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Hey there everyone -- this is chapter 2 of the clutch repair process by a novice wrencher. fortunately, I threw caution to the wind -- actually the other local LT riders Rob, Bob and Mike did as I just followed along -- last weekend and took the bike's clutch out. Here is what I learned.

1. Taking apart the LT, for the most part, is best done with 2 people.

2. The LT's clutch is not one of the bike's strongest features.

3. The clutch offered by Siebenrock (I was told this by a BMW tech) is most likely made of ceramic. I cannot confirm this as I have not see my siebenrock clutch -- it was just ordered yesterday. If it is, I am curious if it will cause a higher degree of failure to the plates it comes in contact with as my gut seems to think the new material used is much "harder" than the OEM clutch (AKA friction plate).

4. The "o ring" seems to be the culprit of the leaking from the engine -- mentioned by both John Z and a BMW tech. Fortunately, mine didn't leak.

5. The cost of the repair, just the wearable clutch parts and NOT the siebenrock clutch, came to $425 from Cross Country BMW in NJ (the two plates, spring and circlip) BEFORE tax or shipping. That was net of a 10% discount -- the parts guy was nice enough to extend this to me. They also suggested that I replace the push rod but chose not to as it seems the spring was the weakest material vs. the push rod itself -- this would add about $50 to the parts list.

6. IMPORTANT -- The two plates have a "white line" painted on their sides and need to be mated 180 degrees apart (or as close to opposite of each other). I only found this out by talking with a BMW tech.

7. A BMW tech highly suggested to using Honda's spline lube on the spline as well as on the plate's outside ridges that come in contact with the clutch spring (the funny looking disk in the assembly. Don't use a lot of it as it is meant to "cover" metal.

8. On the reassembly, this is another story. I have not gone down this path as I am waiting on parts. Although, a BMW tech told me yesterday that I needed to have a clutch alignment tool -- John Z. thinks otherwise; he gave me some great suggestions on this process (get four M8 bolts that go in the tranny and cut off the heads. Screw these in and then guide the tranny back on to the bell housing -- of course don't use the OEM ones; but I knew that you knew that .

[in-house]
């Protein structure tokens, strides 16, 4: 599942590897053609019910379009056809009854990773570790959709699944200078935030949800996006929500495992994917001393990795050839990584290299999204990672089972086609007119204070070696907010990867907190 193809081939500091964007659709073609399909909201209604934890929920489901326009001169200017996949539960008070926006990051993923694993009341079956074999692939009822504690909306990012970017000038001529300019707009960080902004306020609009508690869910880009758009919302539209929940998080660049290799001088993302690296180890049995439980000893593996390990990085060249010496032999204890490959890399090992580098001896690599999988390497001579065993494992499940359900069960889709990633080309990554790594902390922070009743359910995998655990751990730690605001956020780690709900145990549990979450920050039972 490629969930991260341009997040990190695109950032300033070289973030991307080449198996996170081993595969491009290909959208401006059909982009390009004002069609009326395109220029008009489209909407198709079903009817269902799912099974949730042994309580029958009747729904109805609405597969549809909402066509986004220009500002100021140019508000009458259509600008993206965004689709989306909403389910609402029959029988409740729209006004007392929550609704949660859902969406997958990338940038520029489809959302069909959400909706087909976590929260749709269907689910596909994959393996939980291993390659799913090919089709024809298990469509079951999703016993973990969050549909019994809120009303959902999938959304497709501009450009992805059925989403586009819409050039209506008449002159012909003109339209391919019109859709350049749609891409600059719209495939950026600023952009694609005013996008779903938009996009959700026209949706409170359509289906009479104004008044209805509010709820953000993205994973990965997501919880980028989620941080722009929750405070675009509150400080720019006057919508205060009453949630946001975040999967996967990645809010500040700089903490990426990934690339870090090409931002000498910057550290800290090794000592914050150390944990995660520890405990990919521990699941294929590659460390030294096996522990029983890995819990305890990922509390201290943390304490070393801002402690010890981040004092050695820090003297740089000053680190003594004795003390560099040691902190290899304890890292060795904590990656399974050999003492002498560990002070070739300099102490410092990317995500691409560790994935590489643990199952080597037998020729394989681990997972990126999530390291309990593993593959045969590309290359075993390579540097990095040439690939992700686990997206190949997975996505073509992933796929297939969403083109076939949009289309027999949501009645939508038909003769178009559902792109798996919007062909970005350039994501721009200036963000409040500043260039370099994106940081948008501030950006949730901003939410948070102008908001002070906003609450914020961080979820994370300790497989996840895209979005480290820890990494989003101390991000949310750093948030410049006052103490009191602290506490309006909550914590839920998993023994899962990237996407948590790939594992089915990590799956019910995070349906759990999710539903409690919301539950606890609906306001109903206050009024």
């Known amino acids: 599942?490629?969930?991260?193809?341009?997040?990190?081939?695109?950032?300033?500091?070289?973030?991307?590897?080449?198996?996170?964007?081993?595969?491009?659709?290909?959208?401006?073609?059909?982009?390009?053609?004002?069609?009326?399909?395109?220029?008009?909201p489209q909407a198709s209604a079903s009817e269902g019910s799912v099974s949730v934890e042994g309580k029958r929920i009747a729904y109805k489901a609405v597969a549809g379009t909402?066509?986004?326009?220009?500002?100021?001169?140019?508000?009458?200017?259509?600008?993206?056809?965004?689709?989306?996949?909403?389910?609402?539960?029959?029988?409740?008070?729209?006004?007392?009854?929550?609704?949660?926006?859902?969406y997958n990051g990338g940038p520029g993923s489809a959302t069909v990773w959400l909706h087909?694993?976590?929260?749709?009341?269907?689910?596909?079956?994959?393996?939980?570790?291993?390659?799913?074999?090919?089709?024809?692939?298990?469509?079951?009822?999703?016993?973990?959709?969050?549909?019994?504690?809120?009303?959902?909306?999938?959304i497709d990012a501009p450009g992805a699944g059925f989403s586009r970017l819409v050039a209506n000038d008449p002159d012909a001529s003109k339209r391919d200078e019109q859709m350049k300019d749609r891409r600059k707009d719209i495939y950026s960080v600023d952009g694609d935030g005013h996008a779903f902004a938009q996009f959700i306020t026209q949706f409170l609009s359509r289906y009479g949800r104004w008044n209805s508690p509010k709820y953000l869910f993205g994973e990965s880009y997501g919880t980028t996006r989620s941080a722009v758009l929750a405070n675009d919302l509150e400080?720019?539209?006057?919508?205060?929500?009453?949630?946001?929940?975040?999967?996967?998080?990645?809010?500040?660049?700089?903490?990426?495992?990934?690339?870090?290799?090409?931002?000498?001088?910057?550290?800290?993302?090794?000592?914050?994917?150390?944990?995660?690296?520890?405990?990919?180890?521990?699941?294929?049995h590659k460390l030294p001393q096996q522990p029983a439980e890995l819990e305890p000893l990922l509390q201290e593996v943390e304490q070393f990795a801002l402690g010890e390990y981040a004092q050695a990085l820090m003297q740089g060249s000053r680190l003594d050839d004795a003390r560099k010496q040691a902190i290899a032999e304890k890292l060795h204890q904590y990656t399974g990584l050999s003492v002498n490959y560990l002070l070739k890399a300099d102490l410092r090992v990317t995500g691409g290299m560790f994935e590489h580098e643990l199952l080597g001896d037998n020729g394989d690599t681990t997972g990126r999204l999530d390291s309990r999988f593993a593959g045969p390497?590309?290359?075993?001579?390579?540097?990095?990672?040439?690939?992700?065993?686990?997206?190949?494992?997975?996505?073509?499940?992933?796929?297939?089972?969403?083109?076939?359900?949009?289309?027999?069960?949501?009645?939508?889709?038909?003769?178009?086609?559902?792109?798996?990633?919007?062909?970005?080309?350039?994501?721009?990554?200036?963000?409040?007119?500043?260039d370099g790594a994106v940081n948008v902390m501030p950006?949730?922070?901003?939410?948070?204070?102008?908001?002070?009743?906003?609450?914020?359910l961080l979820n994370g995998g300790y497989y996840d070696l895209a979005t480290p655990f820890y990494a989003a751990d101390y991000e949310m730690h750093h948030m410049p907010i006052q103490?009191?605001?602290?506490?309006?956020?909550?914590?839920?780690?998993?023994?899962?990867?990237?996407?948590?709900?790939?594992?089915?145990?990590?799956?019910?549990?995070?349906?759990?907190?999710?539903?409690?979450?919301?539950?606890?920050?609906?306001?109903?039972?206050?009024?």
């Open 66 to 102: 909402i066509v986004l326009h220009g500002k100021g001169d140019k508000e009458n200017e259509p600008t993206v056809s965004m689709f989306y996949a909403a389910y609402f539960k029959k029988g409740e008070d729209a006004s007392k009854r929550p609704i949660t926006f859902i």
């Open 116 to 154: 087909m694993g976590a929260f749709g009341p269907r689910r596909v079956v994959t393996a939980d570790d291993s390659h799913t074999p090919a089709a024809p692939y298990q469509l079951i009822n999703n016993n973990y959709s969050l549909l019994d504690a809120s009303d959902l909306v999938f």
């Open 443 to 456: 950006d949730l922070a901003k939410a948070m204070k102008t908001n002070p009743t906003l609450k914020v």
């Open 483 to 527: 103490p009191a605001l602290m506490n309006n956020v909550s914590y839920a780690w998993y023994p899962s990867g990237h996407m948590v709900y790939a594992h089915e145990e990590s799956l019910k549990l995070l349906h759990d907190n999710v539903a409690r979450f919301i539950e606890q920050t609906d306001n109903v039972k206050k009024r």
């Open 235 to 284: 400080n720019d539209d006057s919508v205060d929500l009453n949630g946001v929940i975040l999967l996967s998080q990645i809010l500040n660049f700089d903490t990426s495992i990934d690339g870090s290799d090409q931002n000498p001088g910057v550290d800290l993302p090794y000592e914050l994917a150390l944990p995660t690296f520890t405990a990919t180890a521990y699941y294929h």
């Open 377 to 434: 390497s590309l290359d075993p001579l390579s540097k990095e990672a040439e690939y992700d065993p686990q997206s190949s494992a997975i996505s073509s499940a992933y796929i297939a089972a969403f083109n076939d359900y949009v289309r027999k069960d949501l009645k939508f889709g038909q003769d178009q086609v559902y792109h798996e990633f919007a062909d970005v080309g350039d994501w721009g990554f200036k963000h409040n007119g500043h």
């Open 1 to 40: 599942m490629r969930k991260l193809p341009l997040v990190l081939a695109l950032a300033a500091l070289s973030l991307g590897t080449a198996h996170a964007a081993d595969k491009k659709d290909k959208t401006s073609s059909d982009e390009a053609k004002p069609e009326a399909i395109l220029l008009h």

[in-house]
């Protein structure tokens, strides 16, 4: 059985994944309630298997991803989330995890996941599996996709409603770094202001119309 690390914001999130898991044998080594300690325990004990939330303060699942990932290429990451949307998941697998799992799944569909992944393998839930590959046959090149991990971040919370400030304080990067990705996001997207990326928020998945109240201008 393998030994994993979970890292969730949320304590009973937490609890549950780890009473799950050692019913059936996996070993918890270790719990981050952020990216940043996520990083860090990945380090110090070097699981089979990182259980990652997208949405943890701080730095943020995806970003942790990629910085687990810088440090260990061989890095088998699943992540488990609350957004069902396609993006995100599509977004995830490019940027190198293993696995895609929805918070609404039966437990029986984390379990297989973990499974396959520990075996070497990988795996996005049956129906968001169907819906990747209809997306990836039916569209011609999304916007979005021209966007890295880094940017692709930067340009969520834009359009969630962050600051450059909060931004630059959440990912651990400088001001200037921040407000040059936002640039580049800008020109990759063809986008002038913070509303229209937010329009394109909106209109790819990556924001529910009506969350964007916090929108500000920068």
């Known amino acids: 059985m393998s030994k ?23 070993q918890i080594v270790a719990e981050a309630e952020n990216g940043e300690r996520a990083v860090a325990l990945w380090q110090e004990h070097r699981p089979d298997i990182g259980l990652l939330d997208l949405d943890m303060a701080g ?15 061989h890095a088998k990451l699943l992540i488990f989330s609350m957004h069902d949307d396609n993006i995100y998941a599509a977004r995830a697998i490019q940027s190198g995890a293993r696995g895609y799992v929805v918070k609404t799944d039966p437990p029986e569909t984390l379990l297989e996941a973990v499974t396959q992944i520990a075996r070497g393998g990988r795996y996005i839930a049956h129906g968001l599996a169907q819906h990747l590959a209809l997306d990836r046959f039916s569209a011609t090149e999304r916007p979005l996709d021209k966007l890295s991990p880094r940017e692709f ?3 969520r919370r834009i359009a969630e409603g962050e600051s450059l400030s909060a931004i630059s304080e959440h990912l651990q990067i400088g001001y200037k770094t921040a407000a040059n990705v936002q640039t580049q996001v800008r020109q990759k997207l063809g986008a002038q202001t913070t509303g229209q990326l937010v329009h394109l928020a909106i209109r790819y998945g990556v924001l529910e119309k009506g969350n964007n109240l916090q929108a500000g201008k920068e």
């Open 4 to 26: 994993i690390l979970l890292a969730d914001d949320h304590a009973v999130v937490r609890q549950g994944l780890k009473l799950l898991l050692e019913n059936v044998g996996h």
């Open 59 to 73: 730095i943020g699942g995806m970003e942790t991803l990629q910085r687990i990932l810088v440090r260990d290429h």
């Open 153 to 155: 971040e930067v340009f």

9. I will most likely "wash" the tranny with something "non-caustic" to avoid damage to the any seals -- you just need to cover and protect any lines and open areas.

I hope this helps you should you ever take on this project. All I can say is thank you to everyone who has chimed in on this process. I also want to give a HUGE shout out to John Z., Mike H., Bob. R and Rob S. -- all your support has been fantastic.

Wrencher Extraordinaire
13,780 Posts
Number 6 is in the manual and actually the goal is 120 degrees for the housing , pressure plate and clutch cover. But don't fuss too much with it as I could not do that with the new parts. There was no way to line them up 120 degrees apart and I suffered no vibration.

Spline lube should be very light and on the tranny shaft only. If you apply it to the clutch plate then slide the tranny shaft through it it will push out the lube and it could get on the clutch disc.

You should also use new bolts for the clutch cover installation.
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